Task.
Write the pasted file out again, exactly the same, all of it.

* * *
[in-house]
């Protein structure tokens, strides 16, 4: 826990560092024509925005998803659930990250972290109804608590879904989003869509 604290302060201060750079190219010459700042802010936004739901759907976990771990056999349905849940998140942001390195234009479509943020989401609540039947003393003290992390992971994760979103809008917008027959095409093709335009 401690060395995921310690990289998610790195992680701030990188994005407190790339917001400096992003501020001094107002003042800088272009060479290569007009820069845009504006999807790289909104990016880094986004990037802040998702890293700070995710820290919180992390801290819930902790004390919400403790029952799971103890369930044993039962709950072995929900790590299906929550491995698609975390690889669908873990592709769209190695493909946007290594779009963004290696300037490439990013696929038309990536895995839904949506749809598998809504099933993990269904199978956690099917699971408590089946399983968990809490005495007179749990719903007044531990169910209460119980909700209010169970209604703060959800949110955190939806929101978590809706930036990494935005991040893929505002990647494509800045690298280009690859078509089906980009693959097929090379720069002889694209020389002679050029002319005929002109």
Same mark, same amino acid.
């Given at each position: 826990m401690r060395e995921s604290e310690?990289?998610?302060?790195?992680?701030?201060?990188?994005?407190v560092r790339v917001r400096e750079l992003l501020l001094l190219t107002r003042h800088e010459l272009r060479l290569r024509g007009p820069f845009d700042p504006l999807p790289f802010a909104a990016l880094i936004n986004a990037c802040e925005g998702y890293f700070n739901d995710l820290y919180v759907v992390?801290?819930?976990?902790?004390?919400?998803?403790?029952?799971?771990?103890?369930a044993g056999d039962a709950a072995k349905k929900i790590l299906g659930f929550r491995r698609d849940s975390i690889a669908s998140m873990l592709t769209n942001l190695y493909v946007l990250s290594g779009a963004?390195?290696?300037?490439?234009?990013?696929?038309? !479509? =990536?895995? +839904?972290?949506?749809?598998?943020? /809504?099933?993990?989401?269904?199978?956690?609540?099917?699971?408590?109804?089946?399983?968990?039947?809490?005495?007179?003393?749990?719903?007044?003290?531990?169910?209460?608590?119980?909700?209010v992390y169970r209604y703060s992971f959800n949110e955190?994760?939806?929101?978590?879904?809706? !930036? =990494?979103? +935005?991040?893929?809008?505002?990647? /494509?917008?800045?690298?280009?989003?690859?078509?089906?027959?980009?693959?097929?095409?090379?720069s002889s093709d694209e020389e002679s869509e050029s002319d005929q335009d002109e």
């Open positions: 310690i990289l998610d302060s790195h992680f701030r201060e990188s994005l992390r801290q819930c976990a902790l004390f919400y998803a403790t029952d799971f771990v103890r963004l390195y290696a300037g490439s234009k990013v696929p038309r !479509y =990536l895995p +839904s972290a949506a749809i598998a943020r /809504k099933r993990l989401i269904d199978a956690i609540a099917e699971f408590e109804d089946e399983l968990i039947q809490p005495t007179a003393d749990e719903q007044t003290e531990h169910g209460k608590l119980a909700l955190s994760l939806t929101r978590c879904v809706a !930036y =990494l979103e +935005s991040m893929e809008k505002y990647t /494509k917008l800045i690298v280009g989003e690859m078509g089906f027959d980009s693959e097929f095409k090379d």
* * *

[in-house]
């Protein structure tokens, strides 16, 4: 826990560092024509925005998803659930990250972290109804608590879904989003869509 604290302060201060750079190219010459700042802010936004739901759907976990771990056999349905849940998140942001390195234009479509943020989401609540039947003393003290992390992971994760979103809008917008027959095409093709335009 401690060395995921310690990289998610790195992680701030990188994005407190790339917001400096992003501020001094107002003042800088272009060479290569007009820069845009504006999807790289909104990016880094986004990037802040998702890293700070995710820290919180992390801290819930902790004390919400403790029952799971103890369930044993039962709950072995929900790590299906929550491995698609975390690889669908873990592709769209190695493909946007290594779009963004290696300037490439990013696929038309990536895995839904949506749809598998809504099933993990269904199978956690099917699971408590089946399983968990809490005495007179749990719903007044531990169910209460119980909700209010169970209604703060959800949110955190939806929101978590809706930036990494935005991040893929505002990647494509800045690298280009690859078509089906980009693959097929090379720069002889694209020389002679050029002319005929002109």
Same mark, same amino acid.
């Given at each position: 826990m401690r060395e995921s604290e310690?990289?998610?302060?790195?992680?701030?201060?990188?994005?407190v560092r790339v917001r400096e750079l992003l501020l001094l190219t107002r003042h800088e010459l272009r060479l290569r024509g007009p820069f845009d700042p504006l999807p790289f802010a909104a990016l880094i936004n986004a990037c802040e925005g998702y890293f700070n739901d995710l820290y919180v759907v992390?801290?819930?976990?902790?004390?919400?998803?403790?029952?799971?771990?103890?369930a044993g056999d039962a709950a072995k349905k929900i790590l299906g659930f929550r491995r698609d849940s975390i690889a669908s998140m873990l592709t769209n942001l190695y493909v946007l990250s290594g779009a963004?390195?290696?300037?490439?234009?990013?696929?038309? !479509? =990536?895995? +839904?972290?949506?749809?598998?943020? /809504?099933?993990?989401?269904?199978?956690?609540?099917?699971?408590?109804?089946?399983?968990?039947?809490?005495?007179?003393?749990?719903?007044?003290?531990?169910?209460?608590?119980?909700?209010v992390y169970r209604y703060s992971f959800n949110e955190?994760?939806?929101?978590?879904?809706? !930036? =990494?979103? +935005?991040?893929?809008?505002?990647? /494509?917008?800045?690298?280009?989003?690859?078509?089906?027959?980009?693959?097929?095409?090379?720069s002889s093709d694209e020389e002679s869509e050029s002319d005929q335009d002109e």
């Open positions: 310690i990289l998610d302060s790195h992680f701030r201060e990188s994005l992390r801290q819930c976990a902790l004390f919400y998803a403790t029952d799971f771990v103890r963004l390195y290696a300037g490439s234009k990013v696929p038309r !479509y =990536l895995p +839904s972290a949506a749809i598998a943020r /809504k099933r993990l989401i269904d199978a956690i609540a099917e699971f408590e109804d089946e399983l968990i039947q809490p005495t007179a003393d749990e719903q007044t003290e531990h169910g209460k608590l119980a909700l955190s994760l939806t929101r978590c879904v809706a !930036y =990494l979103e +935005s991040m893929e809008k505002y990647t /494509k917008l800045i690298v280009g989003e690859m078509g089906f027959d980009s693959e097929f095409k090379d």